What is a white balance? Why is it important? How to get started?
Basic Photography Digital Photography
July 12, 2019

Whenever we talk photography, we talk about the exposure triangle parameters, the composition, and the sharpness. Some of us even talk about the mood and feel of the image. What we don’t specifically talk about is perhaps the white balance in spite of the fact that white balance actually sets the mood of an image. So what is this white balance?


Image courtesy: Youtube


White balance is nothing but that setting in the camera by which you can convey to the camera how to perceive the white color. No matter what image editing application you have used, the white balance setting is always there. It doesn’t matter how basic or advanced that application is. This tells us the significance of white balance. White balance is used to control the temperature of the image and in the process controls the mood of the image too. We always play around with the white balance slider to set the temperature of the image. Adjusting the slider to one side introduces bluish tones in the image whereas pushing it to the other side leads to warm tones. Let us take a look at the importance of white balance and how to get started with this…


Setting the white balance:

In advance cameras, you have the option of setting the exact color temperature that you require but in the basic entry-level DSLR cameras, you will have to use the white balance presets available to you. Each preset is denoted by a specific icon. Some of the presets are Auto White Balance, Daylight (approx. 5200K), Cloudy (6000K), Shade (7000K), Tungsten (3000K), etc. Note that each preset is followed by temperature in Kelvin. The more the Kelvin value the more the white balance required. You need to judge the approximate color temperature of the environment in which you are shooting. To get the warm tones in your image, increase the white balance to around 5000K. In case you want to have the bluish tones more prominently, decrease the temperature down to 2500-3000K. This choice will depend on the mood that you want to demonstrate through the image.

Shoot in RAW mode:

It is normally said that you do not need to worry about the white balance if you are shooting in RAW mode. This is true to some extent. White balance can easily be manipulated in a raw file. The camera also does a good job when set in the auto white balance to the point where there are a lot of light fluctuations. If you are shooting in raw all the time, you will have complete control over the white balance aspect of the image during post-processing. It is however always recommended that you set the white balance manually.


Getting creative with the white balance:

Photography and creativity go hand in hand. Creative white balance may seem to go over the top but when used effectively, it can change the entire look and feel of the image. Let us take an example of a sunset shoot. A white balance of 5000-5500K seems perfect to shoot a sunset. However, you should try to shoot the same at around 8000-10000K. This will bring about a lot of warm tones. The image will look quite orangish. This looks quite beautiful especially if you can get a silhouette in your image. Thus even though you are shooting the images at the same time, you can bring about a drastic change in the mood of the image just by manipulating the white balance. Get creative with the white balance and do not be afraid to experiment. People are often confused by the white balance setting. We are not often comfortable with white balance values. The best way to learn this is by experimenting. Alter the white balance while shooting the same image and you will get to know what color temperature you need to have for a certain condition.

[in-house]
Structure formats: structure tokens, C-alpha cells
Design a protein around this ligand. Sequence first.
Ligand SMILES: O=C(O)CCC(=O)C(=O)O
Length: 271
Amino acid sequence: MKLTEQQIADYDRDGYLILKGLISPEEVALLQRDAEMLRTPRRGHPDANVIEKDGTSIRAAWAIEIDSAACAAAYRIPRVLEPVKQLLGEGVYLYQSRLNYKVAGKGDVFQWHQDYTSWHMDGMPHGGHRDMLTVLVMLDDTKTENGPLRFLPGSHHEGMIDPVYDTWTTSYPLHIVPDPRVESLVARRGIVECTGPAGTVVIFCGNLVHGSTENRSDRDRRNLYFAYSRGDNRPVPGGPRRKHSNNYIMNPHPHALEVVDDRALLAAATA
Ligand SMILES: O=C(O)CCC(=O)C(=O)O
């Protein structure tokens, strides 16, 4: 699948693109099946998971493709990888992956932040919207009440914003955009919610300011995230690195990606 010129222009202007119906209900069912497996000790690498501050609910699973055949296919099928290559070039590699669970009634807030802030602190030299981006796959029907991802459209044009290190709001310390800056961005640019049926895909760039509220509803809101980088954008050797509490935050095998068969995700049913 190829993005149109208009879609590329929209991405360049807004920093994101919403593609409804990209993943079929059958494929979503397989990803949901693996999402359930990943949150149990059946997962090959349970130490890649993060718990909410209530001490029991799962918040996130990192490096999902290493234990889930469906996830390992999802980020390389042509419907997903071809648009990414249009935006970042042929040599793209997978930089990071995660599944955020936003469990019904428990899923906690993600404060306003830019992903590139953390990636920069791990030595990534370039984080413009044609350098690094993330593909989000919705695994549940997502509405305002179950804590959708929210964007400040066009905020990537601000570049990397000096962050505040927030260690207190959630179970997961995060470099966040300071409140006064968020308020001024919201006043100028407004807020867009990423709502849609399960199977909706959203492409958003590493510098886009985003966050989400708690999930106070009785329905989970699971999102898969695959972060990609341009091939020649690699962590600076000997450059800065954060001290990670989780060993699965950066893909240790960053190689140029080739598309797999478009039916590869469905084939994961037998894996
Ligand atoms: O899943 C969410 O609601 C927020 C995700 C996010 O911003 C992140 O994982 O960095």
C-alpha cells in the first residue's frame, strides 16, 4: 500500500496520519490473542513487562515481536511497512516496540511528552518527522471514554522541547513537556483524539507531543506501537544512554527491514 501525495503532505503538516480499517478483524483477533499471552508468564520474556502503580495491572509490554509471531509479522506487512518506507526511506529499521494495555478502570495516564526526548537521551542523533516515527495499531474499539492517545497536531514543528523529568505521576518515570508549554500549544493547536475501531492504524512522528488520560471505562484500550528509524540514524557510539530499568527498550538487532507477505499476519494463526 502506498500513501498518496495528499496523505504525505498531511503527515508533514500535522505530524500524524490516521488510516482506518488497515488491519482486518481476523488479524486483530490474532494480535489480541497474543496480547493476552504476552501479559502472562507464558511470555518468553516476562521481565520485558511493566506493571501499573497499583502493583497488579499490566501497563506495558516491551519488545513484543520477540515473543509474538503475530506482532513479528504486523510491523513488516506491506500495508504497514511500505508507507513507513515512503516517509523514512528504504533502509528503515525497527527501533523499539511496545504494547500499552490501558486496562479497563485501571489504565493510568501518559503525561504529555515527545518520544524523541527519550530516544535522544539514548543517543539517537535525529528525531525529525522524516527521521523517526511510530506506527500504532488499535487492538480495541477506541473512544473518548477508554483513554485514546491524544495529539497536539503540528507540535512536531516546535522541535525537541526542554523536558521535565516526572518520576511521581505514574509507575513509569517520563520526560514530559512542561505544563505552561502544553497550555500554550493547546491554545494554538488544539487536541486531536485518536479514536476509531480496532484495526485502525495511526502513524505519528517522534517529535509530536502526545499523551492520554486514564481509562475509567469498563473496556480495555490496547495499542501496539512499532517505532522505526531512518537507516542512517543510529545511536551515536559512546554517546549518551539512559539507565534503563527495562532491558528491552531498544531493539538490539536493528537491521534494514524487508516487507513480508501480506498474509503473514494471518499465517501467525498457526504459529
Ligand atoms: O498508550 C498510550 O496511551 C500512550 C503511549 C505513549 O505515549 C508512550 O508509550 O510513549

Custom white balance:

Custom white balance is actually a very useful feature of DSLR cameras. Auto white balance is often recommended. But in case you are shooting products, white balance becomes extremely crucial. The exact colors of the product need to be replicated in your images. Obviously, a lot can be achieved in post-processing but what if you haven’t captured the colors properly in the first place? How will you actually get back the original colors in post-processing? Even the entry-level DSLR cameras have this feature. Custom white balance is a way to tell the camera what your actual white should look like. There are white balance cards readily available in the market. Arrange for a white balance card and navigate to the custom white balance setting in which the camera will actually take a photograph of the white balance card and use it as a reference for the future images. Even if you are a beginner in photography, I will recommend you to use the custom white balance in order to learn the concept properly.


Just like the exposure triangle parameters, white balance is one of the vital basic pillars of photography. Although it can be controlled in post-processing if you are shooting in raw, it is always better to get it right in the camera itself. There will be events where you may not be able to shoot in raw format. Such events will require live images. If you do not have the idea of white balance, you will struggle throughout the event since the auto white balance of the camera may not be working perfectly all the time. Let us take the example of a dance party. The lights are of different color temperatures. The fluctuations of these temperatures can trick the auto white balance of the camera. White balance determines the mood of the image and it is a must in storytelling images. White balance deserves a lot of attention and once you actually realize the value of it, you will dive deep down to the basics of white balance and master another pillar of photography.

Cover Image courtesy: Youtube

Basic Photography Digital Photography
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